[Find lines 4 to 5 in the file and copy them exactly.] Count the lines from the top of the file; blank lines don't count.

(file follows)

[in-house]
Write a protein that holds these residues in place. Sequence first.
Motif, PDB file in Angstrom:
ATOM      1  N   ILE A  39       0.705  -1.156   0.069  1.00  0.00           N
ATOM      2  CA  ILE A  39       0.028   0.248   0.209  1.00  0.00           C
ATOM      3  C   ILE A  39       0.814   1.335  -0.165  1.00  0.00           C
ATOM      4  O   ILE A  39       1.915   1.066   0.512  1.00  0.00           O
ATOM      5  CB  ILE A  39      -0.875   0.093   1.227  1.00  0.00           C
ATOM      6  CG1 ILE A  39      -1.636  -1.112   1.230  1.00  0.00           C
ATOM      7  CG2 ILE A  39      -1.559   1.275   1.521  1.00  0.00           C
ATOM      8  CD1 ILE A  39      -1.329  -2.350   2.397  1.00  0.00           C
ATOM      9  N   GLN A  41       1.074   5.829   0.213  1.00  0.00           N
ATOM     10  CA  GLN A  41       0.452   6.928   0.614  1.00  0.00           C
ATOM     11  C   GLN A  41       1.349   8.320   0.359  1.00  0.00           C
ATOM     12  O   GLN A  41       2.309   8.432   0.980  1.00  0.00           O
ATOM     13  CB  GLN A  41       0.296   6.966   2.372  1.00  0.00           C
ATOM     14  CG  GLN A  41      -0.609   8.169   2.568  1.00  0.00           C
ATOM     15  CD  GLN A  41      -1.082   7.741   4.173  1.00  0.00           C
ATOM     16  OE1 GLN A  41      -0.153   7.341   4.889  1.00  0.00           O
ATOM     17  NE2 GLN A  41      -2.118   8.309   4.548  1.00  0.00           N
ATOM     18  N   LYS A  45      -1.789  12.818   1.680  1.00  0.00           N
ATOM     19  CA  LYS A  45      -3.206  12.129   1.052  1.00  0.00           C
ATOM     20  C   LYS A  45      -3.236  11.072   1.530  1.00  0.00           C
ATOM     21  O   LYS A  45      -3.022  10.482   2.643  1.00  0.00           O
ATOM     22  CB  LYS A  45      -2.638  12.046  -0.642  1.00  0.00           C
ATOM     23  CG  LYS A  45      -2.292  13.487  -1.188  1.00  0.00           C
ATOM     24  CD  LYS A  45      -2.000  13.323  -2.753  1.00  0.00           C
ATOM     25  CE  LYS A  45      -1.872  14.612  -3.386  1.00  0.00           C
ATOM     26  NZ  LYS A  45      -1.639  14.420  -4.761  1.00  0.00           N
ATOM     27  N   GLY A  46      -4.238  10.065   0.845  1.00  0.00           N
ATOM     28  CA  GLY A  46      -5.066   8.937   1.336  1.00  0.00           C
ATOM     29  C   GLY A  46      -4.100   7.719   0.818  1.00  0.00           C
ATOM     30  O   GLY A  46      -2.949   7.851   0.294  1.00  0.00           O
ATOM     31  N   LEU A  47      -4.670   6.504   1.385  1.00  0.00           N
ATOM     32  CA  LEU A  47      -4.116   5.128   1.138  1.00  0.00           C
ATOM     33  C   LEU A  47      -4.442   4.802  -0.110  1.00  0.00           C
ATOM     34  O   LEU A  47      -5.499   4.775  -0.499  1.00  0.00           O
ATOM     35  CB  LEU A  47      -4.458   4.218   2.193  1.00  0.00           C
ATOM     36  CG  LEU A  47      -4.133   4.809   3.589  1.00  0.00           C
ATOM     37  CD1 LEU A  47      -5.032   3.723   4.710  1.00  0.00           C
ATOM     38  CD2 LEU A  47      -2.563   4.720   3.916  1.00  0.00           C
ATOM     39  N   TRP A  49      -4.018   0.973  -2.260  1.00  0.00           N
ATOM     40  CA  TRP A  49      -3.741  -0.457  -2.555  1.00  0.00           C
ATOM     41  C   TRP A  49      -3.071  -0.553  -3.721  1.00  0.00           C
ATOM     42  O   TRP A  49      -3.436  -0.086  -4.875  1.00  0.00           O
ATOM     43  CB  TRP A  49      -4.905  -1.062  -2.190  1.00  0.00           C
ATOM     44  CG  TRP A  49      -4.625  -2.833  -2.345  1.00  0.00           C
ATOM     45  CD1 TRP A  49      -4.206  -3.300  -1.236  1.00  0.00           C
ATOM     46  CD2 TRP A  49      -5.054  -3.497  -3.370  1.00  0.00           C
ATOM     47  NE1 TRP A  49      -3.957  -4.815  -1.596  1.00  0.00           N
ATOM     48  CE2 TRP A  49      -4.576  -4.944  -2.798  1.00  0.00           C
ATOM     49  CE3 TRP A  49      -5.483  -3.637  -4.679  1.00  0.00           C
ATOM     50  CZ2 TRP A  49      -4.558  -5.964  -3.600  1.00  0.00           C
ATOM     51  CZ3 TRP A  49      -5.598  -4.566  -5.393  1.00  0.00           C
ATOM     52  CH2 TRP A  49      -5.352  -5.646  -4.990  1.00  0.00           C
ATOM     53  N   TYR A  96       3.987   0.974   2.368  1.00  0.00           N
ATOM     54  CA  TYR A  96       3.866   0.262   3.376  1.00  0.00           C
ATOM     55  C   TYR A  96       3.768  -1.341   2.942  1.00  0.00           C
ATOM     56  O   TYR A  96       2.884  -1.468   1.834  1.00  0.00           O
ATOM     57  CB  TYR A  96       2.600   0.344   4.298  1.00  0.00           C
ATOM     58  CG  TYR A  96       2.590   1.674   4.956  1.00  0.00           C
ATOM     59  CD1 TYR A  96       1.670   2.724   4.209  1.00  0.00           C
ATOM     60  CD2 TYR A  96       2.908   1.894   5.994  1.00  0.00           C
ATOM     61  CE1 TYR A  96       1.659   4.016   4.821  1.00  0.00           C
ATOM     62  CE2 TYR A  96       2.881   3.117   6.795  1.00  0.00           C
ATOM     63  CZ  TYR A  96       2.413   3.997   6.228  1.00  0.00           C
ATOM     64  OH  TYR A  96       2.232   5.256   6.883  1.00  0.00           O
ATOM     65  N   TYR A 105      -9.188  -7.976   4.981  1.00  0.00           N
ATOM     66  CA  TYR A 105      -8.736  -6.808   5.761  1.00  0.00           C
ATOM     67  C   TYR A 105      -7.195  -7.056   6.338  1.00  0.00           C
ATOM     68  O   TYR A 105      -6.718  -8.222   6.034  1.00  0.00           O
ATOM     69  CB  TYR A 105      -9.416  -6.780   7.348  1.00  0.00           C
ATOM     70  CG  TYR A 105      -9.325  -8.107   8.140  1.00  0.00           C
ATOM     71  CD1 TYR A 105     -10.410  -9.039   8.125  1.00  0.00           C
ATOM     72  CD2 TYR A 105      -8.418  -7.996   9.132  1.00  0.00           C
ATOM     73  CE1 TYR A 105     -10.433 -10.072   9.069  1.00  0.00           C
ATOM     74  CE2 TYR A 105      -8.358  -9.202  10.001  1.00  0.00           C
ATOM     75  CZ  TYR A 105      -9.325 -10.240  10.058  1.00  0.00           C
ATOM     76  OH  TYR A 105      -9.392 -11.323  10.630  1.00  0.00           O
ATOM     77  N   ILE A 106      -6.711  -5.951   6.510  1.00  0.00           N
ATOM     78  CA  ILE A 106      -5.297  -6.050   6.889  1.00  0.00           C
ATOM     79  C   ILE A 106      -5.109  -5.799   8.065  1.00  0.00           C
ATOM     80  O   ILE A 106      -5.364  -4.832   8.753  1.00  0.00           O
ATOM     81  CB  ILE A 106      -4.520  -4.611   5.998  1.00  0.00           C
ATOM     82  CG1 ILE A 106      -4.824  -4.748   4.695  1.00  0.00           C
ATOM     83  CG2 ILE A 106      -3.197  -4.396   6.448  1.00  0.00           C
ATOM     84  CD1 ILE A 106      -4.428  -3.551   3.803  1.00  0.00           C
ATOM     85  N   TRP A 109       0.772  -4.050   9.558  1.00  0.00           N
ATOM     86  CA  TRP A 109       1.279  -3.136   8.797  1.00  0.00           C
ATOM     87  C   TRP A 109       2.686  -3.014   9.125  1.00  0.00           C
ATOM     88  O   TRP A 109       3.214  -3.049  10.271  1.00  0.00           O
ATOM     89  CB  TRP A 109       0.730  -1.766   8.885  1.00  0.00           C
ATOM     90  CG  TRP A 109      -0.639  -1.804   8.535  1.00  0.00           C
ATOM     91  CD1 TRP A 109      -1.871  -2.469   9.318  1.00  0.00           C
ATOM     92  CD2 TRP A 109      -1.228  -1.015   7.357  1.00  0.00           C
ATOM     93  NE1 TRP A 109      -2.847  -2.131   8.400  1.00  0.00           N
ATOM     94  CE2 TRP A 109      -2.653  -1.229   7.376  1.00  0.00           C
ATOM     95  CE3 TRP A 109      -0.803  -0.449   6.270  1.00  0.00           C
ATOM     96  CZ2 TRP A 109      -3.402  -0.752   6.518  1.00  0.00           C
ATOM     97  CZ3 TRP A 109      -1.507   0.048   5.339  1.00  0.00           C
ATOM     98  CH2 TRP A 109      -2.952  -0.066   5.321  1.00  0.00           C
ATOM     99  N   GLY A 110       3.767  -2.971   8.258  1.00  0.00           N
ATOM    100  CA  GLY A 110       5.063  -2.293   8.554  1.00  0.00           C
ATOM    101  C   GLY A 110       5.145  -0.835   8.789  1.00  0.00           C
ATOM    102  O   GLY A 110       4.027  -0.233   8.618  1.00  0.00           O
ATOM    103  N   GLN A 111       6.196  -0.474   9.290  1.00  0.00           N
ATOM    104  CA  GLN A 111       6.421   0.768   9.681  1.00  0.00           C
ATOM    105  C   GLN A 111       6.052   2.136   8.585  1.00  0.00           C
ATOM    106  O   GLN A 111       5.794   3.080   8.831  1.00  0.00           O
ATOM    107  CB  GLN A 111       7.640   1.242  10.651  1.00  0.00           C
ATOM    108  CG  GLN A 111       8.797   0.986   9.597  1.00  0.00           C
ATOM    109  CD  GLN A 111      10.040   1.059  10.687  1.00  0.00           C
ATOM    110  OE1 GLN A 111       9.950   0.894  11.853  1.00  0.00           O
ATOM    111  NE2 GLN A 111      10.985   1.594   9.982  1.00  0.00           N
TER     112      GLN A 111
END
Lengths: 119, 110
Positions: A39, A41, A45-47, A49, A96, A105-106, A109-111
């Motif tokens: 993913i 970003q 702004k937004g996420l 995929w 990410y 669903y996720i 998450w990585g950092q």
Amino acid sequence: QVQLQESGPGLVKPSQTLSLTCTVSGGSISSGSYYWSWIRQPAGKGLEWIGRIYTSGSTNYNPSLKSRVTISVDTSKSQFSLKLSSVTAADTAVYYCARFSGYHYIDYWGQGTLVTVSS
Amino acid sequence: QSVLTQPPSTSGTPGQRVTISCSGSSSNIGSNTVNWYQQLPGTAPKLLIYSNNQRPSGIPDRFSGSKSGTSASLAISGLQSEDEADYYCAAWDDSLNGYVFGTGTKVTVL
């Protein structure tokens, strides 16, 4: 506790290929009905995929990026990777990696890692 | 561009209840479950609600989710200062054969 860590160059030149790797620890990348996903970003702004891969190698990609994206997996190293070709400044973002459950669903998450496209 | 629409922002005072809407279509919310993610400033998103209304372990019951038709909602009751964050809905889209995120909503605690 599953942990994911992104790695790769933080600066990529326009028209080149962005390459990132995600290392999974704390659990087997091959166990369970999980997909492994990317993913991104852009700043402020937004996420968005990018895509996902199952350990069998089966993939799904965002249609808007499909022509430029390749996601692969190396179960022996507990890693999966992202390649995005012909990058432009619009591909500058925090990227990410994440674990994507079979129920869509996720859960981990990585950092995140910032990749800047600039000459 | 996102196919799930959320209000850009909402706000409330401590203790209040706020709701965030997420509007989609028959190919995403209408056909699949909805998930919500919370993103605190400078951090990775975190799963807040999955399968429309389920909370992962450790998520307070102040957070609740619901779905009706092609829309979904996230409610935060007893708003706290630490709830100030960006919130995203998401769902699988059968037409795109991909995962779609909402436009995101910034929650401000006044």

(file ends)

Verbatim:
ATOM      1  N   ILE A  39       0.705  -1.156   0.069  1.00  0.00           N
ATOM      2  CA  ILE A  39       0.028   0.248   0.209  1.00  0.00           C